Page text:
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regular-article-logo Saturday, 20 July 2024

Letters to the Editor: Fine for slow eaters

Readers write in from Calcutta, Maruthancode, Jamshedpur, Sholavandan, Jamshedpur, and Mumbai

The Editorial Board Published 27.01.23, 04:40 AM
However, it was not the restaurant but the parking company that fined him for exceeding the 90-minute limit allocated for McD customers.

However, it was not the restaurant but the parking company that fined him for exceeding the 90-minute limit allocated for McD customers.

Unhappy meal

Sir — A full stomach may not always lead to satisfaction. A man in Cambridge was recently fined a whopping 100 pounds after having a meal at McDonald’s — the customer apparently took too long to finish the burgers, fries and cold drinks. However, it was not the restaurant but the parking company that fined him for exceeding the 90-minute limit allocated for McD customers. While lingering at a restaurant table after finishing food is frowned upon, eating slowly and relishing the meal are integral to digestion. No wonder, then, that asking a Bengali to finish a full panchabyanjan platter quickly would only invite wrath.

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Swatilina Bhowmick, Murshidabad

Restricted freedom

Sir — It is disheartening that the Delhi Police detained around 40 students of Jamia Millia Islamia University to prevent them from screening the BBC documentary, India: The Modi Question (“Jamia calls cops over BBC film”, Jan 26). The way the students were treated — police were deployed on campus and entry points to the university locked — reeks of totalitarianism and is an insult to democratic values such as free speech. The detention of students who were peacefully protesting the ban also speaks to the government’s increasing practice of criminalising dissent.

G. David Milton, Maruthancode, Tamil Nadu

Sir — The public screening of the BBC documentary on Narendra Modi at Jawaharlal Nehru University was disrupted by a power cut (“JNU defies powers and power cut on BBC film”, Jan 25). This was an alleged bid by the university administration to prevent the students from watching the film — the power outage was restricted to the campus. When the students finally managed to watch the film, they were pelted with stones by those allegedly affiliated with the Akhil Bharatiya Vidyarthi Parishad. This is condemnable.

Jang Bahadur Singh, Jamshedpur

Fresh trouble

Sir — The leader of a far-Right group in Sweden, Rasmus Paludan, recently burned a copy of the Quran and chanted anti-Muslim slogans in front of Turkey’s embassy in Stockholm. This will, undoubtedly, aggravate tensions between the two countries. It must be noted that in the aftermath of the Russian attack on Ukraine, Sweden made a bid to join the United States-led North Atlantic Treaty Organization. However, this has repeatedly been opposed by Turkey, a key member of the group, over Sweden’s support for Kurdish groups that Turkey considers to be terrorists. The fresh spat between the two sides can thus significantly mar the Nordic country’s prospects of joining NATO.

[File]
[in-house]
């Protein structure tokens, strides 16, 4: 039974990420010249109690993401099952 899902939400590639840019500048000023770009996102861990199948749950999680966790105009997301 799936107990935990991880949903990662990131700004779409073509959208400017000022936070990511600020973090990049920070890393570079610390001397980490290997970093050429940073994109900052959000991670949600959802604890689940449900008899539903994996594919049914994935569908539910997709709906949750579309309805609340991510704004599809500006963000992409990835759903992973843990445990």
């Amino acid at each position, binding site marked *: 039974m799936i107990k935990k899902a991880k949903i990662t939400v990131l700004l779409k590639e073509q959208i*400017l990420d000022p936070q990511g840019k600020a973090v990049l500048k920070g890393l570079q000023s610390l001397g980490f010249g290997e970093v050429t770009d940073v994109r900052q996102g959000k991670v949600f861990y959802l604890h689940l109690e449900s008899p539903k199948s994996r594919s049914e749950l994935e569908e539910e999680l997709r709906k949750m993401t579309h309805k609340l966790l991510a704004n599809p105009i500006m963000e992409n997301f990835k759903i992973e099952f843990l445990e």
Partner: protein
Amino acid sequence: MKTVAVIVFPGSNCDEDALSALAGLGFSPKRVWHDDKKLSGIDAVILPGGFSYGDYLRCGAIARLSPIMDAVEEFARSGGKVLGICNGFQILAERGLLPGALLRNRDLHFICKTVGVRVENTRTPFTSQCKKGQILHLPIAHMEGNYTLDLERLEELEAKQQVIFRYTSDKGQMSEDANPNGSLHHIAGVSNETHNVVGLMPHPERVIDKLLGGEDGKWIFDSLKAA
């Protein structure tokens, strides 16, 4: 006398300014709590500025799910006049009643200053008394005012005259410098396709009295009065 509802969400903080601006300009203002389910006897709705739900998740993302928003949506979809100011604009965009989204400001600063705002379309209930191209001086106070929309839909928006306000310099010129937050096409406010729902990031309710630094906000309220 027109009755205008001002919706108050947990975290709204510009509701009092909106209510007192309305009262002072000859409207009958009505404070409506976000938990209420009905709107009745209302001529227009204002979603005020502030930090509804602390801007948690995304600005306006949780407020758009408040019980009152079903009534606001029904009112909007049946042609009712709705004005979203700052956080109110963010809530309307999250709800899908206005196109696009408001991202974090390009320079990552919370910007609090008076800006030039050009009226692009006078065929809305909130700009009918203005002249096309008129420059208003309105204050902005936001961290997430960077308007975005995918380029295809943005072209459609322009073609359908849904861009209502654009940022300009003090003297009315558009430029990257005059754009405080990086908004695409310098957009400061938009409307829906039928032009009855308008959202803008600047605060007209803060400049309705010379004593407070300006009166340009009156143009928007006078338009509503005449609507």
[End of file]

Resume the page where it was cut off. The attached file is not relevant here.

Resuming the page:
Jayesh Khasgiwale, Ujjain

Unstable situation

Sir — The widespread layoffs by technology behemoths, such as Google, Microsoft, Amazon and Facebook, have forced thousands of Indian workers, living in the United States of America on H-1B and L1 visas, out of jobs. They are now scrambling for options to stay back in the country by finding a new job within the stipulated time frame permitted by their work visas. Such intense job insecurity can lead to more uncertainties. Many among the laid-off are already struggling to pay off their educational loans. The authorities must put in place an effective mechanism to guide the unemployed in their search for jobs.

M. Jeyaram, Sholavandan, Tamil Nadu

Attack on dissent

Sir — The Nobel laureate, Amartya Sen, has been accused by the Visva-Bharati University of unauthorised occupation of 13-decimal land inside the campus. This comes days after Sen had criticised the Narendra Modi-led dispensation as “one of the most appalling in the world”. It is not uncommon for those critical of the divisive policies of the Modi regime to be accused of false charges. Indeed, the vice-chancellor of the VBU, Bidyut Chakrabarty, has been often accused of saffronising the institution. It is heartening that the West Bengal government has directed the Birbhum district officials to investigate the matter.

Iftekhar Ahmed, Calcutta

Regulate them

Sir — The Calcutta High Court has scrapped the orders of the municipal corporations of Calcutta and Bidhannagar that had cancelled the licences of hookah parlours in the two cities. However, the decisions taken by the civic bodies were not unwarranted. Hookah bars have come up in the vicinity of most colleges in recent years owing to their popularity among young adults. The tobacco mixture used in hookah contains nicotine and can cause several health hazards. Stricter rules must be enforced to regulate the sale and consumption of hookah.

Kiran Agarwal, Calcutta

Parting shot

Sir — It is heartening that three Indian films, namely RRR, All That Breathes and The Elephant Whisperers, have received nominations at the 2023 Academy Awards. This will widen the reach of Indian cinema.

Dhruv Khanna, Mumbai

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